Twenty years after the genocide, Rwanda has emerged from suffering and hardships and is a country to which many global development insiders look with amazement. Its growth rate is slightly declining but still pretty much relevant (8% in 2012) and many other indicators mark its consistent advancements. Much of Rwanda’s relative success has been attributed to the ability of attracting FDI while gradually giving up on aid flows. When compared with the spreading statement about Rwanda being the next big thing in Africa, a survey conducted by the World Bank among non-agricultural firms operating in the country has shown mixed results, highlighting some key areas (labor laws, skills availability, tax administration) to work on in order to improve its business climate.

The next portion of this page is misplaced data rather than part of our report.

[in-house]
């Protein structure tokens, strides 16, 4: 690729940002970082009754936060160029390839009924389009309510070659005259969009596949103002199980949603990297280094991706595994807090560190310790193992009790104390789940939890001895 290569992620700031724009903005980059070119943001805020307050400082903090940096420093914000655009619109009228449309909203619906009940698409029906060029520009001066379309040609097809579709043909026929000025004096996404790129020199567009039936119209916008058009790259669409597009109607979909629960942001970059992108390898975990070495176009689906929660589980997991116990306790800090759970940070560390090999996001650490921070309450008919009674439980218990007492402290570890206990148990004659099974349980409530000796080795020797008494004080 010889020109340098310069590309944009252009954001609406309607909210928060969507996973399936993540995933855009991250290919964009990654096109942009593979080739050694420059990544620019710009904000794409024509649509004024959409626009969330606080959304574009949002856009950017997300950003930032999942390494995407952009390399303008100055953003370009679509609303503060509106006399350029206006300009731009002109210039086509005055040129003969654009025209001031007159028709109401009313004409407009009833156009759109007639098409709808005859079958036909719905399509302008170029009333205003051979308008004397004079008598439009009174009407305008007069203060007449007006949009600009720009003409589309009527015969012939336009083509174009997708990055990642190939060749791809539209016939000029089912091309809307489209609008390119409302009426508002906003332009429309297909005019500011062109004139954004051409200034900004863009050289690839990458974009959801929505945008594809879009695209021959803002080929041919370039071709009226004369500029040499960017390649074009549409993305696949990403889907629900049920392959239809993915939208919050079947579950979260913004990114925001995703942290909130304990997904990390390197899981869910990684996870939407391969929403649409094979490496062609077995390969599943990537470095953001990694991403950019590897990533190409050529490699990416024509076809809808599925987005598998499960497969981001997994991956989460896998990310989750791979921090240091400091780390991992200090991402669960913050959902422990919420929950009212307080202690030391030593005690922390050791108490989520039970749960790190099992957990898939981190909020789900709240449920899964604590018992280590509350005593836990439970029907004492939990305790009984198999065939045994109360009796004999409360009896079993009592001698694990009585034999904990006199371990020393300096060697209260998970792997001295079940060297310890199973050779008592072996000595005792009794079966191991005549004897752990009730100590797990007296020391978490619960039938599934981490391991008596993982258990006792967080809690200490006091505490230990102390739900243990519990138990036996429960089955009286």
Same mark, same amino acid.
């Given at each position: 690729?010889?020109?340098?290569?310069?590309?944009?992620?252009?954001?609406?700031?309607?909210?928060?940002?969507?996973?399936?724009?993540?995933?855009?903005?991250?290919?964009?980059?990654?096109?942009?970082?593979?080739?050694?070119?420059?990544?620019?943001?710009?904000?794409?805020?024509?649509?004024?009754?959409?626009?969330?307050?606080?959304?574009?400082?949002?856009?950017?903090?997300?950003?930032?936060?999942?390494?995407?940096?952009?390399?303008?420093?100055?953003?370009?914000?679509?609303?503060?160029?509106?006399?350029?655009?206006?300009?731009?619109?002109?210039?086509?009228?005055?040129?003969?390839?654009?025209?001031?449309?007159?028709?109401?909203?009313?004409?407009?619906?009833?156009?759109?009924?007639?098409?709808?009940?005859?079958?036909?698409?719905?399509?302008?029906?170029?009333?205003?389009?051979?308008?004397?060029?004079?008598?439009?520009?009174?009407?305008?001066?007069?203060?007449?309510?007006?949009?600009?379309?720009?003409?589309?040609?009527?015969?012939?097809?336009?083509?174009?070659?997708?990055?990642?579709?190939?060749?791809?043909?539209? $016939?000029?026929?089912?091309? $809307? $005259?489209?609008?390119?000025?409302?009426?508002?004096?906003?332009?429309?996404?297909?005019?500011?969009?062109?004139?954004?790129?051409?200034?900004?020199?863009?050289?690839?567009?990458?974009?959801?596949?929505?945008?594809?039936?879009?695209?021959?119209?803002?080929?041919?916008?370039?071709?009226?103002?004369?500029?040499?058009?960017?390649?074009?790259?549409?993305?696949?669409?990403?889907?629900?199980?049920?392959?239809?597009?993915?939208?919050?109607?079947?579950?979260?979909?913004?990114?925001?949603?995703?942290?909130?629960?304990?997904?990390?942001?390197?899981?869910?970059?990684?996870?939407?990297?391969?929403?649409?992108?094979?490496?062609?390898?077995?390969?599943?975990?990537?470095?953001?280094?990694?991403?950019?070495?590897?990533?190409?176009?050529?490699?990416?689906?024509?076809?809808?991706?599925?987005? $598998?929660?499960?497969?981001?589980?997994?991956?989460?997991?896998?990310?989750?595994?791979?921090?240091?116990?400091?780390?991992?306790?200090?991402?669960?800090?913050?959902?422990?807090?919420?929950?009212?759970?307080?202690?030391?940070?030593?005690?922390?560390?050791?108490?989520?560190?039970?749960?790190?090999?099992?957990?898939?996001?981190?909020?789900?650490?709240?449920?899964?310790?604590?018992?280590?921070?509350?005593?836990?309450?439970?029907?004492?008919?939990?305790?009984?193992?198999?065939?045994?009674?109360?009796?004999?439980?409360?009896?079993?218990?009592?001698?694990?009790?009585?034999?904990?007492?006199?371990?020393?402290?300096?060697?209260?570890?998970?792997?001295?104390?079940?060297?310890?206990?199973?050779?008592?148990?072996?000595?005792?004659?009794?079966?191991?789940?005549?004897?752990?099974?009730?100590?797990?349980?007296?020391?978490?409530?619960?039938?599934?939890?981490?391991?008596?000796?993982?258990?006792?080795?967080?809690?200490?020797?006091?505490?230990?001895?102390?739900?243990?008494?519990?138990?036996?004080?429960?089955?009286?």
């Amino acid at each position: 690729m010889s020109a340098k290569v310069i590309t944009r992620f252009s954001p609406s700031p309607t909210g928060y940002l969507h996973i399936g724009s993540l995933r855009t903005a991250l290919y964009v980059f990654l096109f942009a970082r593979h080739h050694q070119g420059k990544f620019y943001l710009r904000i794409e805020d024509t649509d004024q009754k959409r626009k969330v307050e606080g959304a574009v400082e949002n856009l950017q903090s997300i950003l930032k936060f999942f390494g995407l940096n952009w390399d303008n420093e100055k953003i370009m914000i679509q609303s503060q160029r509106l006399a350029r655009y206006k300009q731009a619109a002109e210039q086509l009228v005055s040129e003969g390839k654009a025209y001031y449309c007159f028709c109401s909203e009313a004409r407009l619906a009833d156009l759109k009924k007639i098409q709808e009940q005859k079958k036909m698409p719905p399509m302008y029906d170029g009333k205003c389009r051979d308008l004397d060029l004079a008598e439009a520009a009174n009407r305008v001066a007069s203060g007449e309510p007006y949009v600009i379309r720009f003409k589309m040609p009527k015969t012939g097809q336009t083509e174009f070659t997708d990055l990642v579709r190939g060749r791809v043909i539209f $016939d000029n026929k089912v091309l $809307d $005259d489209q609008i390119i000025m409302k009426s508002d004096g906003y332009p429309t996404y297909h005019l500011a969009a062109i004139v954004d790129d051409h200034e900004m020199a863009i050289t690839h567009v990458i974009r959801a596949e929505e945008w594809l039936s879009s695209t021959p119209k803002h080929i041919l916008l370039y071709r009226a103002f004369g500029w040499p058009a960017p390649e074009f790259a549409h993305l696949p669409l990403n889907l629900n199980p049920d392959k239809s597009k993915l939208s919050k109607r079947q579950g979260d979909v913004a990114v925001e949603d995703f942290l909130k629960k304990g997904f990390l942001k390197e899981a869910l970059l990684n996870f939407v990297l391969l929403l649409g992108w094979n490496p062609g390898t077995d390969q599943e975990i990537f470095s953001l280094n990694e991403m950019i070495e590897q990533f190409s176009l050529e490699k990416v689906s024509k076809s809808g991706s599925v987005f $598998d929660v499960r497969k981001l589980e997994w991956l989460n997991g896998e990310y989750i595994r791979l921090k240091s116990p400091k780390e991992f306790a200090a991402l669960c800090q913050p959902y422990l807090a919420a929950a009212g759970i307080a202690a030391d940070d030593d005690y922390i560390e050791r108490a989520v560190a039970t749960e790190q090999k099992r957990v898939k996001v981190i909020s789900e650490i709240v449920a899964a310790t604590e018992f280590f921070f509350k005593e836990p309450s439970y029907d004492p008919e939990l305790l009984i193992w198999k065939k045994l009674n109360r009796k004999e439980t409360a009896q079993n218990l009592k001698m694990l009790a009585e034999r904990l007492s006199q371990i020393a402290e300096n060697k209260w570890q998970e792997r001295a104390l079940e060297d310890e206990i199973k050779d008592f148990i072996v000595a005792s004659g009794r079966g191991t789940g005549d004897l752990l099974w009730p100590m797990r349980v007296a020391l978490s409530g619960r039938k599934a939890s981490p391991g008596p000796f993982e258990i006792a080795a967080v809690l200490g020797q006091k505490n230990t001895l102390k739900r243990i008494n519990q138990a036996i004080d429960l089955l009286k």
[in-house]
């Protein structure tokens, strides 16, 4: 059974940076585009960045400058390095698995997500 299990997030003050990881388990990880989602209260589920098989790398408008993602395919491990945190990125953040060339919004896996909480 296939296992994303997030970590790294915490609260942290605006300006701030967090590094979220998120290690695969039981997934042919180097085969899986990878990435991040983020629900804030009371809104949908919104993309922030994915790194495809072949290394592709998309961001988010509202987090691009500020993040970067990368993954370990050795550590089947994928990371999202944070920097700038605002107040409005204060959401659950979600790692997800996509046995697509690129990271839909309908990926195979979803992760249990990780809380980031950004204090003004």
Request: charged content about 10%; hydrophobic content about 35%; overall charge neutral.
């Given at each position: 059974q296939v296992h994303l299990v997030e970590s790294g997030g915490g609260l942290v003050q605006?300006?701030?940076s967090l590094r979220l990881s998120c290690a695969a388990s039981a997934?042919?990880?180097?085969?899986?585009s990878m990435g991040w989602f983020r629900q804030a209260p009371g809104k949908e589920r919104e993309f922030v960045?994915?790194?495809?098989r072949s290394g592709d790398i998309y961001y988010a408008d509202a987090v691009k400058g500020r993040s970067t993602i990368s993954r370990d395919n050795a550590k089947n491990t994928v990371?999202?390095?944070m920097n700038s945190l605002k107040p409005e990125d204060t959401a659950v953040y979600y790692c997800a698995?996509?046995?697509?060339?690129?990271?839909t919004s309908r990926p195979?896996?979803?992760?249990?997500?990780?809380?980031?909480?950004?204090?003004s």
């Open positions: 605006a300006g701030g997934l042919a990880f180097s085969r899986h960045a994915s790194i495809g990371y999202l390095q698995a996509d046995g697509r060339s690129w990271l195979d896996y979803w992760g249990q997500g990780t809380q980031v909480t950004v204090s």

However, as 2015 approaches and a new development agenda – firmly based on sustainability – is about to replace the MDGs, Rwanda shows that it is also making much progress in terms of valuing its natural capital, restoring its agro-forestry assets and moving the bulk of its energy supplies on renewable sources, as this video by the UN Poverty-Environment Initiative displays: